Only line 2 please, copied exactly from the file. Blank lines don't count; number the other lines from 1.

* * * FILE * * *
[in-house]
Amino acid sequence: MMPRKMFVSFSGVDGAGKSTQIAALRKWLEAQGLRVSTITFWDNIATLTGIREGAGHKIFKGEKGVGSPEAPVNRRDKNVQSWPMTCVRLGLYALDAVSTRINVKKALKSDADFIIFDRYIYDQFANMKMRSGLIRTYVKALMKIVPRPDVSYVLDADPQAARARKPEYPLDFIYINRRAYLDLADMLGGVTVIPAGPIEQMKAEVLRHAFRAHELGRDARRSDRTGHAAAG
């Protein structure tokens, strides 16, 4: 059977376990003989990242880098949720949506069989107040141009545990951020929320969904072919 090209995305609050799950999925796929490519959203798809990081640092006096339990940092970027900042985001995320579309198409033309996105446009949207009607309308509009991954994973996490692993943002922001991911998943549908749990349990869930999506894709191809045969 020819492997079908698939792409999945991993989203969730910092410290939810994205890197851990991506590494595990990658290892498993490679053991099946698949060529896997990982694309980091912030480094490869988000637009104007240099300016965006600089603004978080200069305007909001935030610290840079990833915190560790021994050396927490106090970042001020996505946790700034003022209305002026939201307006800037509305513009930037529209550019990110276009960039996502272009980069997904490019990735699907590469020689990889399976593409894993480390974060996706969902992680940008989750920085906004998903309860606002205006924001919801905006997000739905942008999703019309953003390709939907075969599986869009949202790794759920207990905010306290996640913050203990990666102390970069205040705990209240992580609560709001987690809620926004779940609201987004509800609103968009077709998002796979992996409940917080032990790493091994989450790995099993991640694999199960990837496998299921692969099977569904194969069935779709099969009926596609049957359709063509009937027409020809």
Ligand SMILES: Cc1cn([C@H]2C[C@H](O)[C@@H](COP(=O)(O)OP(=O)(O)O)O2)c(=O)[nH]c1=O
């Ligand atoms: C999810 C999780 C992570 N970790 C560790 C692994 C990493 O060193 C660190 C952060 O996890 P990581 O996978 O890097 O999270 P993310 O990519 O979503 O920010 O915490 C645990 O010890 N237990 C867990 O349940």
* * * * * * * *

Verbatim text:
Amino acid sequence: MMPRKMFVSFSGVDGAGKSTQIAALRKWLEAQGLRVSTITFWDNIATLTGIREGAGHKIFKGEKGVGSPEAPVNRRDKNVQSWPMTCVRLGLYALDAVSTRINVKKALKSDADFIIFDRYIYDQFANMKMRSGLIRTYVKALMKIVPRPDVSYVLDADPQAARARKPEYPLDFIYINRRAYLDLADMLGGVTVIPAGPIEQMKAEVLRHAFRAHELGRDARRSDRTGHAAAG